A politician has been murdered in an apparent execution-style assassination. German Interior Minister Horst Seehofer has described the attack as "right-wing extremist" in nature, saying it was "directed against us all."
German Interior Minister Horst Seehofer on Tuesday said authorities are working under the assumption that the murder of a politician in the central German city of Kassel was politically motivated.
"According to what we know, we must now assume that the perpetrator is a right-wing extremist and that the crime has a right-wing extremist backdrop," Seehofer said at a press conference.
Walter Lübcke, district president of Kassel and supporter of Chancellor Angela Merkel's open door policy for refugees, was shot dead earlier this month. He received a bullet wound to the head in what appeared to be an execution-style assassination.
Walter Lübcke supported Chancellor Angela Merkel's decision to open Germany's borders to refugees fleeing war in Syria, a policy slammed by right-wing extremists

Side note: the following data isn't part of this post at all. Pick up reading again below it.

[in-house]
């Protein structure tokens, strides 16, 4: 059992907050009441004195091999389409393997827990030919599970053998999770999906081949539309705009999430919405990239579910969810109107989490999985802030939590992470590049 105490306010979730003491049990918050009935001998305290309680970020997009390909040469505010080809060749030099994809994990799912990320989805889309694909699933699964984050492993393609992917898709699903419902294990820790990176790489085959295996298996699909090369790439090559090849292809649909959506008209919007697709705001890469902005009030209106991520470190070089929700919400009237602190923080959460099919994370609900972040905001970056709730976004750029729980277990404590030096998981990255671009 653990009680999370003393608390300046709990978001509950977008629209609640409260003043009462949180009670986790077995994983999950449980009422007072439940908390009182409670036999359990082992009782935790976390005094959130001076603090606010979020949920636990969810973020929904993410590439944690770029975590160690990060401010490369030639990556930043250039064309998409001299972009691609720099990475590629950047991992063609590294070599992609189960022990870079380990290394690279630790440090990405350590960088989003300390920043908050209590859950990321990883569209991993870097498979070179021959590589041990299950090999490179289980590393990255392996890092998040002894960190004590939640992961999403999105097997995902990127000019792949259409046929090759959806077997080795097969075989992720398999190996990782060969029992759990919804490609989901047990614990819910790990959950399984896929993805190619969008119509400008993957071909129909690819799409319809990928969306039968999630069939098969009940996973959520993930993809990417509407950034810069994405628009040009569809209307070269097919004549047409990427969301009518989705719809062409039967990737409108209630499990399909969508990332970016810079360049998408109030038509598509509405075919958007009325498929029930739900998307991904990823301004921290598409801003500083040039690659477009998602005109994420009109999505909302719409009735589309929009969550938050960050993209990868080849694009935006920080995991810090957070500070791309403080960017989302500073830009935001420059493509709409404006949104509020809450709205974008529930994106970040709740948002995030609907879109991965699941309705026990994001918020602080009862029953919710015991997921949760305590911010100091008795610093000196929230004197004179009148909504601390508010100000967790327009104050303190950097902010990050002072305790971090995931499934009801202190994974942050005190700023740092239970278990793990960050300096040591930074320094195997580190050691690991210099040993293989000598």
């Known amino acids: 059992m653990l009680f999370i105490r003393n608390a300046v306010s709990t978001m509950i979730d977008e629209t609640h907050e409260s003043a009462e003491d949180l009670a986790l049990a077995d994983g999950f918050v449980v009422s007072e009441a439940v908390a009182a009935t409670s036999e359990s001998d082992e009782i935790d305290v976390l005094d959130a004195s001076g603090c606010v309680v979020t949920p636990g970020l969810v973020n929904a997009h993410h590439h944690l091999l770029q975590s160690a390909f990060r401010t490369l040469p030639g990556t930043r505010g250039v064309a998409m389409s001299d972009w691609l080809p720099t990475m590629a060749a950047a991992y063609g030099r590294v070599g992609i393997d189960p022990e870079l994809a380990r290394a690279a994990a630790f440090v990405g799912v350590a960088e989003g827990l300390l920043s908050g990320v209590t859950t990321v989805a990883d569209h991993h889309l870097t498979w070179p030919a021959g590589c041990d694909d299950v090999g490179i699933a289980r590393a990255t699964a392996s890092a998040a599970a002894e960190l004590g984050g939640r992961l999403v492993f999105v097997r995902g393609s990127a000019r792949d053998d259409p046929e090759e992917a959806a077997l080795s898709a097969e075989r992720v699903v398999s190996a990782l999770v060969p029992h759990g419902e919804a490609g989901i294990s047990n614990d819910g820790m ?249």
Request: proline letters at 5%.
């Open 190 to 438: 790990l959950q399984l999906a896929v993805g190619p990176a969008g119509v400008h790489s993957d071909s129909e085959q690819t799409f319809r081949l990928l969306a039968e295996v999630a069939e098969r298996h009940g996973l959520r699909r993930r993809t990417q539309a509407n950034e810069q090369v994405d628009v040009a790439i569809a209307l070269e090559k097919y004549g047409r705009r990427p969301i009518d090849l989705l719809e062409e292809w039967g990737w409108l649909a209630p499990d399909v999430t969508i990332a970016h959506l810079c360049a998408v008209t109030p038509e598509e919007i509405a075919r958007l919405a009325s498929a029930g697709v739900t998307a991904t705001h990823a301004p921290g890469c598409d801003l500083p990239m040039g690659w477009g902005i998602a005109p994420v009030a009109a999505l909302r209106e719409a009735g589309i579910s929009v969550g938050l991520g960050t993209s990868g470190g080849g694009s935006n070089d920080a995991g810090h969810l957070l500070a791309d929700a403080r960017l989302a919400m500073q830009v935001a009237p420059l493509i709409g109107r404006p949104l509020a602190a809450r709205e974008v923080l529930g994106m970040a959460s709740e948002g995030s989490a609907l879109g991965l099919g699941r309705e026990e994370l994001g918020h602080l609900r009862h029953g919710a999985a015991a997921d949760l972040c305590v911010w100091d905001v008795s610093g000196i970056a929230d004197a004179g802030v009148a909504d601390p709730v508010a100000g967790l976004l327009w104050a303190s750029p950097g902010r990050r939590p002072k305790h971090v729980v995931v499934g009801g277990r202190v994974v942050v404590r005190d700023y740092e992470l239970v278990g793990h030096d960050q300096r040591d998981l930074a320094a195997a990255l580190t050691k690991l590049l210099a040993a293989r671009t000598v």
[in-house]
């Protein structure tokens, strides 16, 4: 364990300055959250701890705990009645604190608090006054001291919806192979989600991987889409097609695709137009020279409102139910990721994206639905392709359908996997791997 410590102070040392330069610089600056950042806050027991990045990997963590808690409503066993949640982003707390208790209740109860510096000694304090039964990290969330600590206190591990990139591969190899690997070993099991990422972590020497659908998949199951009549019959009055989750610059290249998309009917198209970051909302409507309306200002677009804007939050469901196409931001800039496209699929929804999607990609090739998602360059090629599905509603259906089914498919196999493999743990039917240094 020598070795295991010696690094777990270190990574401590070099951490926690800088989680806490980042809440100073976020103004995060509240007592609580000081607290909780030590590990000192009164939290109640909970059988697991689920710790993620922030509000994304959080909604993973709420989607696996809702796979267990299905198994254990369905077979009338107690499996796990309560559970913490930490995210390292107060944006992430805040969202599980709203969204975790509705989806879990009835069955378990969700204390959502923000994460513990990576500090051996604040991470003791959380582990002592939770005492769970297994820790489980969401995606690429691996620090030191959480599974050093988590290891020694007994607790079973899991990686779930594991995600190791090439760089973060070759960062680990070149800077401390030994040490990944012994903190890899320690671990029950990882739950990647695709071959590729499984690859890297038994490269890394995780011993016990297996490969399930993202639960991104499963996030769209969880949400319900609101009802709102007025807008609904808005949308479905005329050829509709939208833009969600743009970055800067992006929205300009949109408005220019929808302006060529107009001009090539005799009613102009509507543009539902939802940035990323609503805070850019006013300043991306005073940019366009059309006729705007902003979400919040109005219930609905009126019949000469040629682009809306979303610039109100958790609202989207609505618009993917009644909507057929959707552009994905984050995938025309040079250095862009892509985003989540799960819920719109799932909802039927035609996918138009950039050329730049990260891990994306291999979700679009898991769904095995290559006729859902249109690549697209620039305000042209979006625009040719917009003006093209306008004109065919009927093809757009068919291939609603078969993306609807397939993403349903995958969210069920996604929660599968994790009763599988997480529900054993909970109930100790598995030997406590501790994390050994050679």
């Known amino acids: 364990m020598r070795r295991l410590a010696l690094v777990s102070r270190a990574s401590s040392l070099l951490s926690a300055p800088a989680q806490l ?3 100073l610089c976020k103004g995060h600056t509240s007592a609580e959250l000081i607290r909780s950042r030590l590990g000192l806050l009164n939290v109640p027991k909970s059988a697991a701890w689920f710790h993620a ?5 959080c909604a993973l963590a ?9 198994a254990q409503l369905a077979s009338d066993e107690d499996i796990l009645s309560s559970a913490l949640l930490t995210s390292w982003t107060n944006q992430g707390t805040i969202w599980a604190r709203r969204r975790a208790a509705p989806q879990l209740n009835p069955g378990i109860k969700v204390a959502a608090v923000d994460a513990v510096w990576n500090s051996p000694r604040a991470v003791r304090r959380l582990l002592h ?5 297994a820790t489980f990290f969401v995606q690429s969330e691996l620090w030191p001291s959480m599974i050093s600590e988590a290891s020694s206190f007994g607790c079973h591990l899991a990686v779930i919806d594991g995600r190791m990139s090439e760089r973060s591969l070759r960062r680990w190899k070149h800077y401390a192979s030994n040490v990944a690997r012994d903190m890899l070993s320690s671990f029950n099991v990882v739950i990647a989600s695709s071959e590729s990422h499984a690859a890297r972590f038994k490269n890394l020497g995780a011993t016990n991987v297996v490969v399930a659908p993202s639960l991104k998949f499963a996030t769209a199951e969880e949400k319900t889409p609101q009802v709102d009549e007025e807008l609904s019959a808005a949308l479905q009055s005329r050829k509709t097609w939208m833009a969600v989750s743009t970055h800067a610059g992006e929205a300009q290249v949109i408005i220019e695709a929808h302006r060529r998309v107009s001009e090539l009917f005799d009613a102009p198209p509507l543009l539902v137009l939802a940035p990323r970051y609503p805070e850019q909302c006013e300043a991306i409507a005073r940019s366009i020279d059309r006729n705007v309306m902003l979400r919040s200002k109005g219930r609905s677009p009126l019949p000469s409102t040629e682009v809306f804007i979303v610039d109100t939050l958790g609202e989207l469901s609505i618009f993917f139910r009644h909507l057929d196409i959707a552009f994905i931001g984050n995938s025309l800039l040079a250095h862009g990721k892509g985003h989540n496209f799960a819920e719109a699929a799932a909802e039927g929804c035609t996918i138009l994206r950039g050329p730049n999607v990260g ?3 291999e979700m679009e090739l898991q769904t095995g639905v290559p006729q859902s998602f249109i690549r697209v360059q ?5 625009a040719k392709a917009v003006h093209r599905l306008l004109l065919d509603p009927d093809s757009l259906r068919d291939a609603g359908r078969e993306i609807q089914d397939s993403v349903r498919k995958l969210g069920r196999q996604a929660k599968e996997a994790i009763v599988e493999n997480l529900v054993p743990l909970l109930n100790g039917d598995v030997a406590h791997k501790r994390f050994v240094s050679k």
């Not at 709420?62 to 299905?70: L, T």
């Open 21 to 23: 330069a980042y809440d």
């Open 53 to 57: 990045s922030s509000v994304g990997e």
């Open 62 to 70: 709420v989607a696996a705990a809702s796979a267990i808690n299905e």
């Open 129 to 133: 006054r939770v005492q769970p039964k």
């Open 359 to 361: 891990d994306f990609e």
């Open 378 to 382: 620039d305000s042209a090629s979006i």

The main suspect, identified by German media as Stephan E., is believed to be a far-right sympathizer. Federal prosecutors took over the case on Monday, one of the first signs the murder was the result of a politically motivated attack. Seehofer confirmed those suspicions on Tuesday.
"A right-wing extremist attack on a leading representative of the state is an alarm bell and is directed against us all," Seehofer said. "Right-wing extremism is a considerable and serious problem to our free society."
If prosecutors prove that the murder was politically motivated, it would be the first of its kind on a sitting politician in Germany since the 1970s. Federal prosecutors on Monday said there was no evidence to suggest the suspect was part of a far-right network.
ls/ng (dpa, AFP)